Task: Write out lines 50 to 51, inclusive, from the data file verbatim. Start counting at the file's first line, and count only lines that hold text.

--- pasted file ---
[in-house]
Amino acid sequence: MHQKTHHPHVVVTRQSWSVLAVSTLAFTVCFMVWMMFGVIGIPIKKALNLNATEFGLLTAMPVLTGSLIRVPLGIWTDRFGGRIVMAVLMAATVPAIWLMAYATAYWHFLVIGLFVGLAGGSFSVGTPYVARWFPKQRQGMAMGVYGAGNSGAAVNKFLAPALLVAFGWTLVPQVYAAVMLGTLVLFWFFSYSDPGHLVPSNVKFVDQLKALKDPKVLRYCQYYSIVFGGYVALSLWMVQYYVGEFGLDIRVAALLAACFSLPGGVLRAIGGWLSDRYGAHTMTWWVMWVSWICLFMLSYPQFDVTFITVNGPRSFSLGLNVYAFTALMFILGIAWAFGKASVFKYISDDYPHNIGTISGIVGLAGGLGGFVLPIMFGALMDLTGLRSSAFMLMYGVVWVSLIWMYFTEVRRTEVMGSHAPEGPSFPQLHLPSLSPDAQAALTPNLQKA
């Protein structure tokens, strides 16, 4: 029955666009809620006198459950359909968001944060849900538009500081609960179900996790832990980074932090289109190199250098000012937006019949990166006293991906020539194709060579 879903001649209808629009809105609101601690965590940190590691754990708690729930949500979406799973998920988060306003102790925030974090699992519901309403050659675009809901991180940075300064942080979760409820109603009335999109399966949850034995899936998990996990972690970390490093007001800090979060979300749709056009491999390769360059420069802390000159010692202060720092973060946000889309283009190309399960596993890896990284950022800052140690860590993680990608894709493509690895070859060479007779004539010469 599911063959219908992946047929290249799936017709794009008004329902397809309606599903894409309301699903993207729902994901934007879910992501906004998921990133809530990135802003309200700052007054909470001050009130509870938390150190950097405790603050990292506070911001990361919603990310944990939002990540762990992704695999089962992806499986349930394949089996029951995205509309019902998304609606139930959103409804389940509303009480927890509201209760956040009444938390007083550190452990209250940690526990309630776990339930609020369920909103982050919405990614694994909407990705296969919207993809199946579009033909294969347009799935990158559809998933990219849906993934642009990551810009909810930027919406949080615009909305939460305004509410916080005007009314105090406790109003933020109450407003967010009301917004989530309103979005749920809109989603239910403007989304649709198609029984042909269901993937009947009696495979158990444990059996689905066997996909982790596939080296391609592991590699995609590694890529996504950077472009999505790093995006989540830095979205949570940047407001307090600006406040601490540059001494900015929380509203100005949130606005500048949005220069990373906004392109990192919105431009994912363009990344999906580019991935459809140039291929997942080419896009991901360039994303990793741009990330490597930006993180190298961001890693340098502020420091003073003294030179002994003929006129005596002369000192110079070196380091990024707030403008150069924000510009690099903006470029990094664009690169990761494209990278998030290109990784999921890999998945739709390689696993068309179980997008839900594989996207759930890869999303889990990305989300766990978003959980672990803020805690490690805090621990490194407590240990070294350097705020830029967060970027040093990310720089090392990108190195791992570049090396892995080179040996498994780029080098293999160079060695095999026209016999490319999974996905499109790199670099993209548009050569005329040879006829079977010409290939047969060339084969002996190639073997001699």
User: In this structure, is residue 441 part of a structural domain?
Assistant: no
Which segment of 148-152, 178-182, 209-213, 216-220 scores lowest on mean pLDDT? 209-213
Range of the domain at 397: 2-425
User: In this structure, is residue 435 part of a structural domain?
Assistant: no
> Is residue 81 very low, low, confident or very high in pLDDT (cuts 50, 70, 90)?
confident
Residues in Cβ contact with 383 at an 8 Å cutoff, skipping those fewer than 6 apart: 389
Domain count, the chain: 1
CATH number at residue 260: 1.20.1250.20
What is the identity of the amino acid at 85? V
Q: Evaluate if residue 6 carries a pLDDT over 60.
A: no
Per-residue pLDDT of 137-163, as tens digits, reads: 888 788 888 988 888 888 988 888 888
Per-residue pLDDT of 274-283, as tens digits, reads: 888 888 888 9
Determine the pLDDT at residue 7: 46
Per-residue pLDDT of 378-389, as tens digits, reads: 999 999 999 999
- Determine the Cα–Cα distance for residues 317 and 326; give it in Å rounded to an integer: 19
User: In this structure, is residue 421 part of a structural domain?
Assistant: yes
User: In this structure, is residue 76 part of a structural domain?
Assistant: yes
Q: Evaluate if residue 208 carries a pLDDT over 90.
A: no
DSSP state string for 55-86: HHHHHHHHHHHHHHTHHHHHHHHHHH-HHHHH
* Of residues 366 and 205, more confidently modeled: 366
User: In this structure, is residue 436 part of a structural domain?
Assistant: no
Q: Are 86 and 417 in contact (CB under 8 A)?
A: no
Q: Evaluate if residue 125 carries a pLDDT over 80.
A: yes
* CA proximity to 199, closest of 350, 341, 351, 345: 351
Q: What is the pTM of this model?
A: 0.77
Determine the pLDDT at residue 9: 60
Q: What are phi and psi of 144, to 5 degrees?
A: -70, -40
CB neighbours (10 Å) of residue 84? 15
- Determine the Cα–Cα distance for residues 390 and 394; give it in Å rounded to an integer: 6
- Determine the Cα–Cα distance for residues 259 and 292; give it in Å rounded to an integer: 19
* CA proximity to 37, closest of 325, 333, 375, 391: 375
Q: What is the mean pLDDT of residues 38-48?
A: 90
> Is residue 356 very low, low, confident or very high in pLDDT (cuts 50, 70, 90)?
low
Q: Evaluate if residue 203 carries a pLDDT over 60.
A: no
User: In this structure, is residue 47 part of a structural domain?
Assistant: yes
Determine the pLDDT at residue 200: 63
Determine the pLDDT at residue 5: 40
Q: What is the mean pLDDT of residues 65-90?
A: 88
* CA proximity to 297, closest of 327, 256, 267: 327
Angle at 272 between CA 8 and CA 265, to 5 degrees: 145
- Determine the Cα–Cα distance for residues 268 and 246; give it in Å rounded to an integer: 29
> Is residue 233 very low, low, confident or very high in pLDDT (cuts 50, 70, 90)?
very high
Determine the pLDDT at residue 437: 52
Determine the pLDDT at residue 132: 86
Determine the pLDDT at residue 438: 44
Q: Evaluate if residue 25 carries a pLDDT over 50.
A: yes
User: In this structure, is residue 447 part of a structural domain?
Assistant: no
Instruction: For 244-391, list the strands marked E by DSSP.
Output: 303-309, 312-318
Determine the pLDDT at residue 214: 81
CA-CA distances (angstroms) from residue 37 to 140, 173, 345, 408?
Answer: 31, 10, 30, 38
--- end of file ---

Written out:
low
Q: Evaluate if residue 203 carries a pLDDT over 60.